Great example of what we are up against in securing continued innovation support from public entities. There is a natural, and understandable, tension in maintaining long-term commitment from sources that require tangible near-term, demonstrative impact for their supporters. It starts with shifting focus from a narrow, financial ROI mind-set to a larger discussion on community-building, capital/knowledge attraction, and economic development.
-Jacob Johnson, Founder, innovosource
THE Commission of Audit’s call to abolish the Innovation Investment Fund and Commercialisation Australia, both industry assistance programs, has been slammed by industry experts.
The programs were created to support innovation and entrepreneurship in Australia but the Commission believes the government should adopt a hands-off approach in supporting the start-up sector.
The IIF is a public-private venture which invests in start-ups developing new technologies. The program was behind myriad successful companies such as jobs site Seek.
Commercialisation Australia offers funding and resources to help companies, entrepreneurs, researchers and inventors to commercialise their ideas.
It provides several funding options, including up to $50,000 for specialist advice and services, and up to $2m for early stage commercialisation of products or services.
In its long-awaited report, the Commission said the government should stop providing assistance to such companies as it didn’t benefit the masses.
“The intellectual property, and any profits arising from these new ideas remains with the business, and there are no clear public benefits arising.
“The process of commercialising new products can often be a difficult one.
“However, skills and finance can be acquired from the private sector, and there is no clear reason for the Commonwealth to provide this assistance in competition with private sector providers,” the report said.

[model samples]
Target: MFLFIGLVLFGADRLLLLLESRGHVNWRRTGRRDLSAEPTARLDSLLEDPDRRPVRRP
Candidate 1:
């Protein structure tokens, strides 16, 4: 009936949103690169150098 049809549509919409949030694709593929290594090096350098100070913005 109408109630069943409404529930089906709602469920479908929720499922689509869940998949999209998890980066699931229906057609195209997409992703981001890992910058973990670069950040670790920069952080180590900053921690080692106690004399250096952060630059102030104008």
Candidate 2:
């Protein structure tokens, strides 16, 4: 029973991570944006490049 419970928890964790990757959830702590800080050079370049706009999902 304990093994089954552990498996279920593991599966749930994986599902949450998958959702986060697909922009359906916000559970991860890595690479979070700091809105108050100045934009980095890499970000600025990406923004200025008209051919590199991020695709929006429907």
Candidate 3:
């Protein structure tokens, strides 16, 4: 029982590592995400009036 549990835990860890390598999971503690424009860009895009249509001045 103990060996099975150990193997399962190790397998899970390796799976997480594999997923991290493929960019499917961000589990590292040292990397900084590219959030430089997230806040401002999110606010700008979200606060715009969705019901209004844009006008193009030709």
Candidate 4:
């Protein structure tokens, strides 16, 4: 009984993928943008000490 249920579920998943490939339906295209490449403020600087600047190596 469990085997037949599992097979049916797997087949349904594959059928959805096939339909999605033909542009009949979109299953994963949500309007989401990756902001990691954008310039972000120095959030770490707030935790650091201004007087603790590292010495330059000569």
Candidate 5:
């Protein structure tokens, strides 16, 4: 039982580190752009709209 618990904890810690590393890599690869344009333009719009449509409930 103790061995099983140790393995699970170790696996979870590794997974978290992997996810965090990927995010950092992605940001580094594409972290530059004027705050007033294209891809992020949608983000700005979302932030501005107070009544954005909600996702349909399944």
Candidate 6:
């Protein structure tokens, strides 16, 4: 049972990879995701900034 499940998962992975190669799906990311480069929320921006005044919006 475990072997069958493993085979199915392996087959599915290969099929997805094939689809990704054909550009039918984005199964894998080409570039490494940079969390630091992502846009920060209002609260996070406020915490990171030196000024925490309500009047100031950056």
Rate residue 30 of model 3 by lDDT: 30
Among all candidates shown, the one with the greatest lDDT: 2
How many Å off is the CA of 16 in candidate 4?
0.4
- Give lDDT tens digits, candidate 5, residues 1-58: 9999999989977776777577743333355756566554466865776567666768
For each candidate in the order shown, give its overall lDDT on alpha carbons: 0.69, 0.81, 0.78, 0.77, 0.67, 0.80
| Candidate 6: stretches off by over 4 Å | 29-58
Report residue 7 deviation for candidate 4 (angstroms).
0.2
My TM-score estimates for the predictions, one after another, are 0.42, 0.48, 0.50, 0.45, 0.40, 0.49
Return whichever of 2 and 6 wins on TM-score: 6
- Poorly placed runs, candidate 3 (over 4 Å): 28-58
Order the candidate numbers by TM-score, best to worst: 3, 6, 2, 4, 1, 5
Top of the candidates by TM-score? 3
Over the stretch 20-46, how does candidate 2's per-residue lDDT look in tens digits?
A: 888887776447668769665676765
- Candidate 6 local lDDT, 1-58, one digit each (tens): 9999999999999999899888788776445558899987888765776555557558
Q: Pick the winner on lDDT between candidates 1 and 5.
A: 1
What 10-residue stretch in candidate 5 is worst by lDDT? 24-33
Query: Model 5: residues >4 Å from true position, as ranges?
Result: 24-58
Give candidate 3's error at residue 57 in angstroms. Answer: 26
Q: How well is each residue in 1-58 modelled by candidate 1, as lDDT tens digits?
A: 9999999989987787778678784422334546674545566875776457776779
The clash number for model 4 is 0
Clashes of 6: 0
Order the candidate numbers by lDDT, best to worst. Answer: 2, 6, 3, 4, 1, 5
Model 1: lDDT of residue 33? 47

The Australian Private Equity & Venture Capital Association said the recommendations were flawed and demonstrated a lack of genuine commitment to fostering a stronger Australian economy in the future.
“The Commission of Audit has got this wrong — abolishing key support programs such as the Innovation Investment Fund and Commercialisation Australia is not going to help our economy to become more innovative and more competitive into the future,” AVCAL chief executive Yasser El-Ansary said.
“A small open market economy like ours has to focus on assisting businesses to compete on the world stage, and that’s hugely important to bringing about productivity-enhancing reforms that will create more jobs and more economic growth in the years ahead,” Mr El-Ansary said.
He said the recommendations were made “without there being any credible or compelling argument in support of the conclusions”.
AVCAL had hoped to see a comprehensive analysis of how government spending obligations could be reprioritised for greater economic efficiency and better long-term outcomes in the report.
However, the Commission “looks to have fallen into the trap” of taking a short-term view on cutting expenditure that Mr El-Ansary said will have a “potentially devastating impact on our long-term prosperity”.
He said the government should “carefully consider” the recommendations and decide if it can afford to abandon support for the creation of a “more modern and innovative future Australian economy”.
“Given the significant structural change that is taking place right now across key industry sectors such as manufacturing, the government must put in place policies that promote greater private sector investment in new business ventures, which will ultimately play a vitally important role in Australia’s future economic growth,” Mr El-Ansary said.
The start-up industry has urged the Abbott government to urgently ensure a fairer tax regime and resolve equity funding issues to help young businesses prosper.
The not-for-profit group StartupAus says start-ups could contribute about $110 billion in economic benefit if it receives the right support from government.